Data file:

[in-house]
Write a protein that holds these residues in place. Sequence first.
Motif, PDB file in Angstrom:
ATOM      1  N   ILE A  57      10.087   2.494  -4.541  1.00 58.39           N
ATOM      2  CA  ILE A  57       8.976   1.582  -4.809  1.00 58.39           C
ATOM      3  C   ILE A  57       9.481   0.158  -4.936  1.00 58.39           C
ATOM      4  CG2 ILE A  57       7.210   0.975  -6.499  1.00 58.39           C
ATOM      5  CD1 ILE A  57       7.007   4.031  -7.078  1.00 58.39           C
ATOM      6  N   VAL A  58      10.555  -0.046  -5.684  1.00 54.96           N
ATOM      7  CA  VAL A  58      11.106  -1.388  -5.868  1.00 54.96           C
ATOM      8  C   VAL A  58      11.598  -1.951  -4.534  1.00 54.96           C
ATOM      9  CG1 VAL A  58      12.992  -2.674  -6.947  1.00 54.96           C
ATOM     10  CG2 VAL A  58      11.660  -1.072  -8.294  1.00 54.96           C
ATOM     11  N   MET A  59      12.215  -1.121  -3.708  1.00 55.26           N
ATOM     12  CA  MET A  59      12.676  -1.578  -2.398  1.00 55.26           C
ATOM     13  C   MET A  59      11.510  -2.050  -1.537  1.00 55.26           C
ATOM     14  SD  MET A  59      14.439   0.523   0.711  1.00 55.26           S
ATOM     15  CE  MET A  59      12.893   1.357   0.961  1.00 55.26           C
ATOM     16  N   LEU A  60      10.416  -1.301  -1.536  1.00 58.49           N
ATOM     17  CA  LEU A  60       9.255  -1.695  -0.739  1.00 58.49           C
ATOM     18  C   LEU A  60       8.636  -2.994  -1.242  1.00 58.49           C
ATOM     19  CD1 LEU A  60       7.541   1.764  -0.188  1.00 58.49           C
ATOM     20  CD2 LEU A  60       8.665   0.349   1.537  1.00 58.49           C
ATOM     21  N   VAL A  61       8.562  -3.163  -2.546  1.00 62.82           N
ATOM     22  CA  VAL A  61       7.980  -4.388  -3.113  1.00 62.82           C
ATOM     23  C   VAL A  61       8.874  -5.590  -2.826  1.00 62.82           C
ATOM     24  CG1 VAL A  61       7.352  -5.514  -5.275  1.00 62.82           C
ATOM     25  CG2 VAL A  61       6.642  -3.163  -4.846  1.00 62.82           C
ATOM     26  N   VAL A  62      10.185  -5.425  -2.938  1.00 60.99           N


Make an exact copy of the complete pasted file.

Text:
[in-house]
Write a protein that holds these residues in place. Sequence first.
Motif, PDB file in Angstrom:
ATOM      1  N   ILE A  57      10.087   2.494  -4.541  1.00 58.39           N
ATOM      2  CA  ILE A  57       8.976   1.582  -4.809  1.00 58.39           C
ATOM      3  C   ILE A  57       9.481   0.158  -4.936  1.00 58.39           C
ATOM      4  CG2 ILE A  57       7.210   0.975  -6.499  1.00 58.39           C
ATOM      5  CD1 ILE A  57       7.007   4.031  -7.078  1.00 58.39           C
ATOM      6  N   VAL A  58      10.555  -0.046  -5.684  1.00 54.96           N
ATOM      7  CA  VAL A  58      11.106  -1.388  -5.868  1.00 54.96           C
ATOM      8  C   VAL A  58      11.598  -1.951  -4.534  1.00 54.96           C
ATOM      9  CG1 VAL A  58      12.992  -2.674  -6.947  1.00 54.96           C
ATOM     10  CG2 VAL A  58      11.660  -1.072  -8.294  1.00 54.96           C
ATOM     11  N   MET A  59      12.215  -1.121  -3.708  1.00 55.26           N
ATOM     12  CA  MET A  59      12.676  -1.578  -2.398  1.00 55.26           C
ATOM     13  C   MET A  59      11.510  -2.050  -1.537  1.00 55.26           C
ATOM     14  SD  MET A  59      14.439   0.523   0.711  1.00 55.26           S
ATOM     15  CE  MET A  59      12.893   1.357   0.961  1.00 55.26           C
ATOM     16  N   LEU A  60      10.416  -1.301  -1.536  1.00 58.49           N
ATOM     17  CA  LEU A  60       9.255  -1.695  -0.739  1.00 58.49           C
ATOM     18  C   LEU A  60       8.636  -2.994  -1.242  1.00 58.49           C
ATOM     19  CD1 LEU A  60       7.541   1.764  -0.188  1.00 58.49           C
ATOM     20  CD2 LEU A  60       8.665   0.349   1.537  1.00 58.49           C
ATOM     21  N   VAL A  61       8.562  -3.163  -2.546  1.00 62.82           N
ATOM     22  CA  VAL A  61       7.980  -4.388  -3.113  1.00 62.82           C
ATOM     23  C   VAL A  61       8.874  -5.590  -2.826  1.00 62.82           C
ATOM     24  CG1 VAL A  61       7.352  -5.514  -5.275  1.00 62.82           C
ATOM     25  CG2 VAL A  61       6.642  -3.163  -4.846  1.00 62.82           C
ATOM     26  N   VAL A  62      10.185  -5.425  -2.938  1.00 60.99           N